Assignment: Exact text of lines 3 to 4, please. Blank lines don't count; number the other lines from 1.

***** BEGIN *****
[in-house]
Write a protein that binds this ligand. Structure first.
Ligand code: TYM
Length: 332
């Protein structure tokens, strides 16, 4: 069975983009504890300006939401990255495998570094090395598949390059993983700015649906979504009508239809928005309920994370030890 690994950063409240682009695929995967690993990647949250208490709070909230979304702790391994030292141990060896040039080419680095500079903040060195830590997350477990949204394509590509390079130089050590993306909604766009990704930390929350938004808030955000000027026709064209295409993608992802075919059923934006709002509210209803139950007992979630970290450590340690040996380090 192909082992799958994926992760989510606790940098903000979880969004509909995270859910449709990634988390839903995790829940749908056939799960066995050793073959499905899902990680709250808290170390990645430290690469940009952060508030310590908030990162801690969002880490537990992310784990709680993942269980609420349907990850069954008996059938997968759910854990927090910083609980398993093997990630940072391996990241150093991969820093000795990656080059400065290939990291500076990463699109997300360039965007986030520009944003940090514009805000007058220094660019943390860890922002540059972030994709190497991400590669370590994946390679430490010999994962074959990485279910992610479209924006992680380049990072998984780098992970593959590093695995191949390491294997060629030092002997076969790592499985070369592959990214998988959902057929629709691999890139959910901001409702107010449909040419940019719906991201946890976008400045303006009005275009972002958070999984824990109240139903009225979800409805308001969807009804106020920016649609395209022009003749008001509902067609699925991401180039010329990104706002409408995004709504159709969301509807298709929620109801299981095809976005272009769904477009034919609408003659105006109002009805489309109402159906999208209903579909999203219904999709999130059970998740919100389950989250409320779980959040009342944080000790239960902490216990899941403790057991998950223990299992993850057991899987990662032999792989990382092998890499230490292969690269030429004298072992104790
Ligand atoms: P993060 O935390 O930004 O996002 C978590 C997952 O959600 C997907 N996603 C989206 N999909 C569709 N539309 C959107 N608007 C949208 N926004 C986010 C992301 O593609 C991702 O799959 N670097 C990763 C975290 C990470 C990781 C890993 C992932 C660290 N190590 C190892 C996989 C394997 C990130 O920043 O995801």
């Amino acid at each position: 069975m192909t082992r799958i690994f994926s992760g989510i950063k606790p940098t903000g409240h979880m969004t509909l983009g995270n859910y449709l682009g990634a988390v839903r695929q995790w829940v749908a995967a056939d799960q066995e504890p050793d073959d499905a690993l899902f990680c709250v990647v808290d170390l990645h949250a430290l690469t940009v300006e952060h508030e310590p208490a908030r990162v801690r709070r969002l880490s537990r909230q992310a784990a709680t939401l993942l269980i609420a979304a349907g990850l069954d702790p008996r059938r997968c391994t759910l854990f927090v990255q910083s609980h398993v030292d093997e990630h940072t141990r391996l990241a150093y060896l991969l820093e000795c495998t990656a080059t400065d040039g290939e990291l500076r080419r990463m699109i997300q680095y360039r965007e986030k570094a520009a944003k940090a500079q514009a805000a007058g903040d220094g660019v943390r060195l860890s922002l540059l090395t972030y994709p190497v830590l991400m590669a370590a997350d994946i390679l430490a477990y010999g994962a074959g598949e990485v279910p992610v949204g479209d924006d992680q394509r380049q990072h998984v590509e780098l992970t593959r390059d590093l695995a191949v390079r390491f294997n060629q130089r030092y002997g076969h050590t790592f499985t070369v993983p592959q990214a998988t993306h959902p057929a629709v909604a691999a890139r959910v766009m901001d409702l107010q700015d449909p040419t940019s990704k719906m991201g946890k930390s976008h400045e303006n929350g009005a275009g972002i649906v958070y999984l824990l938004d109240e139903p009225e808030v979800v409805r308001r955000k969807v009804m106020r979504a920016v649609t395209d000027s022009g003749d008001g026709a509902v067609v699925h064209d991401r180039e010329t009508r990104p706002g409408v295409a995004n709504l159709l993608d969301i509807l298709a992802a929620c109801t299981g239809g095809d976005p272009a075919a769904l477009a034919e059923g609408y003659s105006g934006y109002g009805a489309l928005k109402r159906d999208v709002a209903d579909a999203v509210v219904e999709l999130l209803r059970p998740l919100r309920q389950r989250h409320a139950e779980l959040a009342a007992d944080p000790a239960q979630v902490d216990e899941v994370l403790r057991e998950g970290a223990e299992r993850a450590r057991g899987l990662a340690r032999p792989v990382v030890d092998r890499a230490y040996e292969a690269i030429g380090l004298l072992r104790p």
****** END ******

Ligand code: TYM
Length: 332